UK reports of yield and quality remain very mixed.
Russian production was putting pressure on global markets with the majority of it now harvested.
And European oilseeds markets moved higher on the back of concerns about the US soybean crop.
What to watch
It will take time to assess the market and find the way forward for UK markets this season.
Wide range of yield and quality
Another week of unsettled weather left the ex-farm trade almost dead.
The range of reports from farmers with regard to yield and quality remains very mixed. There is such a range that trying to estimate a crop number this year will be a real art and one that may never be proven.
Quality of milling wheats seems to be largely holding up – yes there are some low proteins around but generally most will be usable, but there will be some sort of claim instigated for sub-contract specification by the consumers.
The press has flooded the market with talk of bread price rises but seems to forget that grain also feeds livestock and many industrial consumers but alas we see no calls for meat, starch or ethanol price rises.
It will take some time to sort this market out with the current weather frustrating many.
Harvest and then think hard, is probably the best way forward for many but remember that as much as we are an island, we have many port facilities and they import as well as they export.
The first 33,000 tonnes of imported non-EU rapeseed has arrived and once the tap is on and prices work the flow will continue.
Cecilia Pryce, Openfield
Black Sea exports pressure world markets
Well over 60% of the Russian wheat crop is now harvested and Russian wheat production estimates have continued to increase, with multiple estimates now in excess of 81m tonnes.
As Russian wheat production is becoming clearer, along with production estimates being higher, Black Sea export competition is maintaining pressure on global wheat markets.
While production in the northern hemisphere is becoming known with a reduced EU crop, average US wheat crop and a larger than expected Russian wheat crop, southern hemisphere production remains uncertain and a source of volatility within the markets going forward.
With the dry conditions in Argentina already leading to cuts in area and production estimates, its wheat area is forecast to be down year on year due to dry conditions.
Combined with increasing chances of a La Nina event, early production estimates are being revised down.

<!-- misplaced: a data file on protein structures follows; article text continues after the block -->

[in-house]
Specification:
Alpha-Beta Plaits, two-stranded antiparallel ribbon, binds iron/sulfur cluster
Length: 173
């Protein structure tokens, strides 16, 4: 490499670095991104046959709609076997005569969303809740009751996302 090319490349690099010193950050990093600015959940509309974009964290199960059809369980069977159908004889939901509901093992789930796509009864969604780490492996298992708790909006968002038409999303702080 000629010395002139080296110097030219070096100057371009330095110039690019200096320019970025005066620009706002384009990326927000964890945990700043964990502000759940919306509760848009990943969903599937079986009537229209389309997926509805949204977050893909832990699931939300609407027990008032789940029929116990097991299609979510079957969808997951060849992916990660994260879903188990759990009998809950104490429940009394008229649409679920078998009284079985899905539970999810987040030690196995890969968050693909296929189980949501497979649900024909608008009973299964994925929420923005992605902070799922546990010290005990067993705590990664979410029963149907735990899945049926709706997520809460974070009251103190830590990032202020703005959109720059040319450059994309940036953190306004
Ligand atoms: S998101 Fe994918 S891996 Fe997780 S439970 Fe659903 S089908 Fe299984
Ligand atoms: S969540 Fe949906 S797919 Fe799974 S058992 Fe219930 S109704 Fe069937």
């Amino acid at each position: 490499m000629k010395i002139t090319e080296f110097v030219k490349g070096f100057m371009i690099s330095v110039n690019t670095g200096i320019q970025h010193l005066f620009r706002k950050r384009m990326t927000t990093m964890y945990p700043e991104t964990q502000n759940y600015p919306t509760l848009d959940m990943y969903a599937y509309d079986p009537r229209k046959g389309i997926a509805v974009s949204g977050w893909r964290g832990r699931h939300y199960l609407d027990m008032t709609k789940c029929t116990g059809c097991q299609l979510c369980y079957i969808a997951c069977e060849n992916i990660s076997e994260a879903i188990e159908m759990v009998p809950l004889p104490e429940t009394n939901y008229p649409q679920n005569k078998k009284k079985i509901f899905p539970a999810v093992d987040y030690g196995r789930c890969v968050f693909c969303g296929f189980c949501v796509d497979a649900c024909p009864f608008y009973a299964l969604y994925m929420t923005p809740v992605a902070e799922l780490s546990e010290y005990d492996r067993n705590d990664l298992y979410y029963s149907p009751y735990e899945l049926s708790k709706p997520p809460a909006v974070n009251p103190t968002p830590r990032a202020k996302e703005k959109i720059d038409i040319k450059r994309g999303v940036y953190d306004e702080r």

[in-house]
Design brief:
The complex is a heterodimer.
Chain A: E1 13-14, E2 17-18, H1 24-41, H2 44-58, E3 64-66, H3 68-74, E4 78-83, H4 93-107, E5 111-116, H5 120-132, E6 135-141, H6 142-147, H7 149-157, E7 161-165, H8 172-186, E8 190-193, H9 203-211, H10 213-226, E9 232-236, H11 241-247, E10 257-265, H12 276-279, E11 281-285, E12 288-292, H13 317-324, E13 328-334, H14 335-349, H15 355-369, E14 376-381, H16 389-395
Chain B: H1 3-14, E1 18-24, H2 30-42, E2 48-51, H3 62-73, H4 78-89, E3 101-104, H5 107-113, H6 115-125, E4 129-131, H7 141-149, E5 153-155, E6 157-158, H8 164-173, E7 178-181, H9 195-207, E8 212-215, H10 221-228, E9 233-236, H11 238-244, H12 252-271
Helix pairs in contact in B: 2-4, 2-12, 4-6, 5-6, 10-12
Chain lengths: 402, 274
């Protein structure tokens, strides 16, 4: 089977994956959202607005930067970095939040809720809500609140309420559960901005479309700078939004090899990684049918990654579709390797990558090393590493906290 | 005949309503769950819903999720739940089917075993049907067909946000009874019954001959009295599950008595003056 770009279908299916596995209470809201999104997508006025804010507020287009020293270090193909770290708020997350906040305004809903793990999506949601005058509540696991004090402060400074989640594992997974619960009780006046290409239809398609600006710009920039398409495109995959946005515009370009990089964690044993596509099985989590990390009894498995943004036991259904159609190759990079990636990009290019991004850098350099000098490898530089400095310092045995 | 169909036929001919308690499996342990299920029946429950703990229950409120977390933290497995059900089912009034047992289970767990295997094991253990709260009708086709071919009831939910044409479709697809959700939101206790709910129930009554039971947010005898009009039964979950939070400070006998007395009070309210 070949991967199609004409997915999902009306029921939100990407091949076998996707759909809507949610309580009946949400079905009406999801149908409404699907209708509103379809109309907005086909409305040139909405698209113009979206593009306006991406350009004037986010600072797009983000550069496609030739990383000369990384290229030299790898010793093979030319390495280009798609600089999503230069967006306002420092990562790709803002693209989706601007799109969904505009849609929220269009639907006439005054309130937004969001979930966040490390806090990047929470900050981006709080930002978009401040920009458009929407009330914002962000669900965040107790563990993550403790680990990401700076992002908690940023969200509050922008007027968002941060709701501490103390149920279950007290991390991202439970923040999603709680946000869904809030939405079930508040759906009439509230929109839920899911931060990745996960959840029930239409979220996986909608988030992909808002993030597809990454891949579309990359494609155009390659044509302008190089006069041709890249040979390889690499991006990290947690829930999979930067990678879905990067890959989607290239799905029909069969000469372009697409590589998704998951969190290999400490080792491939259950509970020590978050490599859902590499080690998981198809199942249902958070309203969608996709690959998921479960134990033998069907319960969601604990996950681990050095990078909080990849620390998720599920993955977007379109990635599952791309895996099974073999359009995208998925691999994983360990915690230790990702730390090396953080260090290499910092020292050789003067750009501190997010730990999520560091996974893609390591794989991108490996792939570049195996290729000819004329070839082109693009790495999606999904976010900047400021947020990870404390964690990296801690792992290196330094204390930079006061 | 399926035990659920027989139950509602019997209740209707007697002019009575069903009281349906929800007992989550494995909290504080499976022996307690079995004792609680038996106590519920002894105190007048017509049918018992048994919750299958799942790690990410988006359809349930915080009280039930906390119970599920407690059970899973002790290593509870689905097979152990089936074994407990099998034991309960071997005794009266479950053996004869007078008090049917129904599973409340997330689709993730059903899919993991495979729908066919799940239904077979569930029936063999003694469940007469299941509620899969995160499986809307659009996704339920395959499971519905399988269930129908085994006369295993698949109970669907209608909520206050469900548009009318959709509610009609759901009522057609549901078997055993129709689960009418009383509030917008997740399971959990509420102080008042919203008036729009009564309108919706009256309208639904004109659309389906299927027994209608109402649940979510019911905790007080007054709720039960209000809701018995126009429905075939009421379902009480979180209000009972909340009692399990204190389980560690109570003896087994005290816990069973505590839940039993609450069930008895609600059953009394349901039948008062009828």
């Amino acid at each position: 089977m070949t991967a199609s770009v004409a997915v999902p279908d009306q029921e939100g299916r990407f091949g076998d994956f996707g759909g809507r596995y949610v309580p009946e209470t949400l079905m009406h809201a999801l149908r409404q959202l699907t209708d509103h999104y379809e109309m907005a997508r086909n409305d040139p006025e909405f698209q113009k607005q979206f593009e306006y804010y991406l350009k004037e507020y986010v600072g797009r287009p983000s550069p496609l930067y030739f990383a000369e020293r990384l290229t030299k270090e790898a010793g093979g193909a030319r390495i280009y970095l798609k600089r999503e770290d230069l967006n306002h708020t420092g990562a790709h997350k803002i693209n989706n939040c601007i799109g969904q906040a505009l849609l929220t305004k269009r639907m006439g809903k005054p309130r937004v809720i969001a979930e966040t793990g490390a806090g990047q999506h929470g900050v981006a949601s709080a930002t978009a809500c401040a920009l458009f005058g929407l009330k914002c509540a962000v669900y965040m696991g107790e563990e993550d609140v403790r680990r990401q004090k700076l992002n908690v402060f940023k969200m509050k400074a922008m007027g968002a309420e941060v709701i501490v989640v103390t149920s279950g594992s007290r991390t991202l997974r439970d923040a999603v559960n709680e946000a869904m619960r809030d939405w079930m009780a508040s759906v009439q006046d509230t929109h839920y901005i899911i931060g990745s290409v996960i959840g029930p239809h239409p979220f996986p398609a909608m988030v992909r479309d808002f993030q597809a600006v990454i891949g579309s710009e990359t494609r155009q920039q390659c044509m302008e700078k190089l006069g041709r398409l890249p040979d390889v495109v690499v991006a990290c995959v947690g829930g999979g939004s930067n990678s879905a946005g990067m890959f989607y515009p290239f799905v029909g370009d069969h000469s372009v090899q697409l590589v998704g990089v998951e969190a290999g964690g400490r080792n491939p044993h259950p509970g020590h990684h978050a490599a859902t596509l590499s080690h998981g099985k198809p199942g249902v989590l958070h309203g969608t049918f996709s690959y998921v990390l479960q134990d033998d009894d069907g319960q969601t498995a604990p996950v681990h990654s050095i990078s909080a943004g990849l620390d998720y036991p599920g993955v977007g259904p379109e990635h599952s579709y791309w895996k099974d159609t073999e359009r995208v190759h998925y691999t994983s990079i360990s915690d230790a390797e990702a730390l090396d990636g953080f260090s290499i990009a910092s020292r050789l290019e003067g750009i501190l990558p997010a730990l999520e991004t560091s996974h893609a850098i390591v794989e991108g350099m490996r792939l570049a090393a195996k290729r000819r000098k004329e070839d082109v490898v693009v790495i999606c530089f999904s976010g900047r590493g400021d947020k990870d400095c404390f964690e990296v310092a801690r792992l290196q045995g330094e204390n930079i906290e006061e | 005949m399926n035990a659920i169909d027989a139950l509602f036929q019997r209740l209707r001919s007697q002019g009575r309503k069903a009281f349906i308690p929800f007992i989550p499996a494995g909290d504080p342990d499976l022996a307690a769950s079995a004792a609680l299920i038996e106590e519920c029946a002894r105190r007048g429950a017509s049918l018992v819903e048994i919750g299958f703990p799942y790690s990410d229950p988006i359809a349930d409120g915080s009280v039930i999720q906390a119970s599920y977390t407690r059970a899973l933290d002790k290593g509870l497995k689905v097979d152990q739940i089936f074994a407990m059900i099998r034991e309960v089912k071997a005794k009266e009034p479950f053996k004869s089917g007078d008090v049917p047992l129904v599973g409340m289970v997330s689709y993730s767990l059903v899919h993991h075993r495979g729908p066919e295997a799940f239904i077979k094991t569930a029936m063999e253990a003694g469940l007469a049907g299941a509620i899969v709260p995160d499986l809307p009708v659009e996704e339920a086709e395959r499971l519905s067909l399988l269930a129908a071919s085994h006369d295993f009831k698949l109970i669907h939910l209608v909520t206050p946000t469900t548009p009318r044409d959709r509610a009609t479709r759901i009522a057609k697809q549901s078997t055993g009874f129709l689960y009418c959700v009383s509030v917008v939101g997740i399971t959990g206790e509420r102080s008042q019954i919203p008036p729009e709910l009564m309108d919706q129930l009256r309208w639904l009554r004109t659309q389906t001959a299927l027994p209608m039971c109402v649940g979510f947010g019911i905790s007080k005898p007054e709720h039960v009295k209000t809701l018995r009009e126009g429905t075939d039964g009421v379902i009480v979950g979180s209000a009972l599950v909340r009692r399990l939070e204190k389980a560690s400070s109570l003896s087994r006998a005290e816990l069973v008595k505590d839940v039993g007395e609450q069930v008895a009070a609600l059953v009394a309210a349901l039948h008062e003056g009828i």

The UK harvest slowed due to rainfall last week. Good progress has been made, especially in the south of England and into the Midlands, although yields are continuing to prove to be highly variable.
With the recent effects of storm Francis hitting the UK this week, harvest progress has taken a hit.
Weather forecasts are now showing an unsettled outlook for the UK bank holiday weekend and growers with crops still standing will be taking every opportunity to get it in the shed.
It is crucial now for growers to realise the importance of testing and segregation of grain cut post rains going forward.
This will help minimise the chances of unexpected claims on reduced spec and quality when grain reaches the end user.
Fred South, CRM AgriCommodities
Soybeans lead the charge. Rapeseed a follower
Commodities of all flavours had a positive week and the oilseeds sector was no exception.
European rapeseed prices moved E4 per tonne higher – without any help from the euro/dollar rate, which still sits close to the peak last seen in mid-2018.
Oilseed traders’ focus is largely on US markets, with soybean production prospects in the Midwest again being questioned.
Current forecasts are for more hot and dry weather ahead and yields may not meet earlier predictions.
This threat to yields, alongside robust Chinese buying interest, encouraged speculators, hedge funds and end-users alike to add substantially to their long Chicago positions last week.
The influential vegoil market has been a supportive element for oilseeds in the last few months and remains in relatively good health.
But analysts are aware that production in Indonesia and Malaysia is set to rise later in the year and with questionable global demand ahead, some argue that the tight current stock situation may soon ease. This may be a headwind for rapeseed prices ahead.
The EU Commission’s Mars outfit left its average EU rapeseed yield estimate unchanged on last month, at 3 tonnes per hectare, but 3.3% lower than the five-year average.
The report also highlighted the persistent dry conditions in Germany that will not help rapeseed drillings.
Rupert Somerscales, ODA